15 March 2018 by Joshua Doherty

Suspended sentence for illegal ELV-site operator

The owner of an Exeter scrapyard has been given a suspended prison sentence for operating a vehicle dismantling business, and claiming the end of Life (ELV) vehicles were for resale.

Max Newbery ran the scrapyard, located at Barley Villas Yard, Redhills, Exeter, despite the Environment Agency revoking his permit in March 2014 after he failed to pay the site’s annual permitting fee over a five-year period, the Agency claimed.

Vehicles at the scrapyard at Barley Villas Road, Exeter

Between March 2014 and February 2016, the Agency said a minimum of 51 vehicles were accepted at the scrapyard.

When questioned, Mr  Newbery claimed he had bought the vehicles with the intention of selling them on.

The EA said he “refused to accept” they were waste as defined by the 2008 Waste Framework Directive which states that waste is ‘any substance or object which the owner discards or intends or is required to discard’.

The EA said that two women who took cars to the defendant’s scrapyard both said they were disposing of their vehicles. When questioned about the poor condition of some of the vehicles, Mr Newbery claimed they had been ‘vandalised by children’.

Improvements

In addition to suspending his permit in 2014, the Environment Agency served Newbery with an Enforcement Notice requiring him to carry out improvements to the infrastructure of the scrapyard to minimise the risk of pollution. Newbery said complying with the notice would be ‘expensive’ and it was therefore unreasonable of the Agency to expect him to do so.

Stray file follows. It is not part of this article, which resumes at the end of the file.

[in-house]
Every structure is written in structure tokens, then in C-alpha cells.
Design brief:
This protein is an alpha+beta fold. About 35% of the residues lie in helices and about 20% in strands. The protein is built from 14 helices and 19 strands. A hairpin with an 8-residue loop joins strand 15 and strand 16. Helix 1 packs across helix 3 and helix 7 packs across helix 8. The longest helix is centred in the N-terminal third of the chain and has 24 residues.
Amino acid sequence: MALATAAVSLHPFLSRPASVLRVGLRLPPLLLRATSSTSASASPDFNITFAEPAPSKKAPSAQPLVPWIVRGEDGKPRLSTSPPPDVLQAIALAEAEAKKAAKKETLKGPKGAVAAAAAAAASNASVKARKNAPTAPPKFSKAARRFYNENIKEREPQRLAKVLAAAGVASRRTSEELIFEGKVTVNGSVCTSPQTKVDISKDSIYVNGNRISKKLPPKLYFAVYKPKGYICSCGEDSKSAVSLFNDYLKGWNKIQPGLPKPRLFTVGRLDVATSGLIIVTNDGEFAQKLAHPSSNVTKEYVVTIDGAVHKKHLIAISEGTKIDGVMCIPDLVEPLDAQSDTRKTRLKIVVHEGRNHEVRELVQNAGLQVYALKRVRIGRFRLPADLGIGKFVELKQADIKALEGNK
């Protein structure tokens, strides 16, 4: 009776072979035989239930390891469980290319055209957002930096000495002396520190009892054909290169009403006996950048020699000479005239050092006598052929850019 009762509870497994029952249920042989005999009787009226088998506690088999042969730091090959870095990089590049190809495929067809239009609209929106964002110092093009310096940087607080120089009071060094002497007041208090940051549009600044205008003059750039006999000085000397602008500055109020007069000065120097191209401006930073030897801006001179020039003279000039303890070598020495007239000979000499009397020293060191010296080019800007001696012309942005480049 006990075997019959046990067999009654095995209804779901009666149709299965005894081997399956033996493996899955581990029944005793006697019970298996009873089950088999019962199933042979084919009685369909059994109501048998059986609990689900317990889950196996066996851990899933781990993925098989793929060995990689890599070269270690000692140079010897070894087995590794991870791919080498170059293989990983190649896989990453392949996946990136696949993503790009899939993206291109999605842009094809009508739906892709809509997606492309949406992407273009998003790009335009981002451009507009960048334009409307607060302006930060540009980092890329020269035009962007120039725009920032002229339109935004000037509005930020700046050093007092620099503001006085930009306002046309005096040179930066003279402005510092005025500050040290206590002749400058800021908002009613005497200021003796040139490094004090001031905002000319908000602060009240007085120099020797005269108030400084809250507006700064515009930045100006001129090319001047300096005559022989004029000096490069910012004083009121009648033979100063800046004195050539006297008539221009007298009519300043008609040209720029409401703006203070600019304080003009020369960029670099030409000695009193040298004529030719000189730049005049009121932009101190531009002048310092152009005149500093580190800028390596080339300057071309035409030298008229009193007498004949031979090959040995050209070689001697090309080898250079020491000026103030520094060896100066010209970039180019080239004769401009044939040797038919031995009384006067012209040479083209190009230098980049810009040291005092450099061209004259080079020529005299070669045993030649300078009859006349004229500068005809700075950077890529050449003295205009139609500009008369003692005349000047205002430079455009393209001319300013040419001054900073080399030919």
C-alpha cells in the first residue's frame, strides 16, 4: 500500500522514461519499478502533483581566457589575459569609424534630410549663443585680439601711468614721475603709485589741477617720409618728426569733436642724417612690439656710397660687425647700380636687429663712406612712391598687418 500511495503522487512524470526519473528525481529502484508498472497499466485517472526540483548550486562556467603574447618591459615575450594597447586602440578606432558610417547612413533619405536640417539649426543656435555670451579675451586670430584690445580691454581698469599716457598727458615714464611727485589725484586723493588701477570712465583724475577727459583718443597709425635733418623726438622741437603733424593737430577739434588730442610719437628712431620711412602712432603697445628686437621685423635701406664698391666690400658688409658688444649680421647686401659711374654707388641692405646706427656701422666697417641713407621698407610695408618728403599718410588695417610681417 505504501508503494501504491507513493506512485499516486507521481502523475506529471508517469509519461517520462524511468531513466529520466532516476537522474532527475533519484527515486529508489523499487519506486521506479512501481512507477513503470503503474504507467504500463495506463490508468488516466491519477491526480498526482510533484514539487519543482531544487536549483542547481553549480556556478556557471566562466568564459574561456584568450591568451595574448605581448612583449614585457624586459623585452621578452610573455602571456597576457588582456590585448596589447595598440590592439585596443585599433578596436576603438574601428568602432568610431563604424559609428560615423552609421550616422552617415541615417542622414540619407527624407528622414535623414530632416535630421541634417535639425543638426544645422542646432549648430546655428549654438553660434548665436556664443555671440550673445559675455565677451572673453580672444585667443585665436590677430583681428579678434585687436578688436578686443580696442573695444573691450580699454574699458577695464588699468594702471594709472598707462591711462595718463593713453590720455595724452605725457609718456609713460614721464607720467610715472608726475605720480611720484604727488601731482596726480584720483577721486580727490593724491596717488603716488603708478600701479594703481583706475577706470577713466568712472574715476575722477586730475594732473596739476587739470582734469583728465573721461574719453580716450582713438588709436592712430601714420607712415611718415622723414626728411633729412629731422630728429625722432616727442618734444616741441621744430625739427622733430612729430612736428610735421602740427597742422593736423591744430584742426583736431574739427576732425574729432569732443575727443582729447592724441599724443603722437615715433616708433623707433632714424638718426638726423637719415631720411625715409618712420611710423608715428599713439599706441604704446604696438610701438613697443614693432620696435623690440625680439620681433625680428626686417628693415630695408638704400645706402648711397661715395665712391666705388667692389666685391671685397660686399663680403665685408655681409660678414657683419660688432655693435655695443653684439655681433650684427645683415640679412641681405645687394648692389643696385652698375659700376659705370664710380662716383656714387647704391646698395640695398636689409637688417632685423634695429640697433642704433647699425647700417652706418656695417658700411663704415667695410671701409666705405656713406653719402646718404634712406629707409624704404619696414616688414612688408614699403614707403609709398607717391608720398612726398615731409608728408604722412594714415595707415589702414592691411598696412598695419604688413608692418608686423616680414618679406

Magistrates were told the defendant’s business had an annual turnover of more than £50,000 and that he had recently obtained planning permission for the site. This had increased its value to around £600,000 and had prompted Newbery to try to sell it.

Following a two-day hearing at Exeter Magistrates Court, Mr Newbery received a 24 week suspended sentence, suspended for two years and was ordered to pay £8,470 costs after being found guilty of operating a regulated waste facility without a permit.

Commenting on the offence, Jacob Hess of the Environment Agency said: “Scrapyard operators are required by law to put in place appropriate environmental safeguards to protect human health and the environment. The defendant continued running his scrapyard without making any of the legally required infrastructural improvements.”

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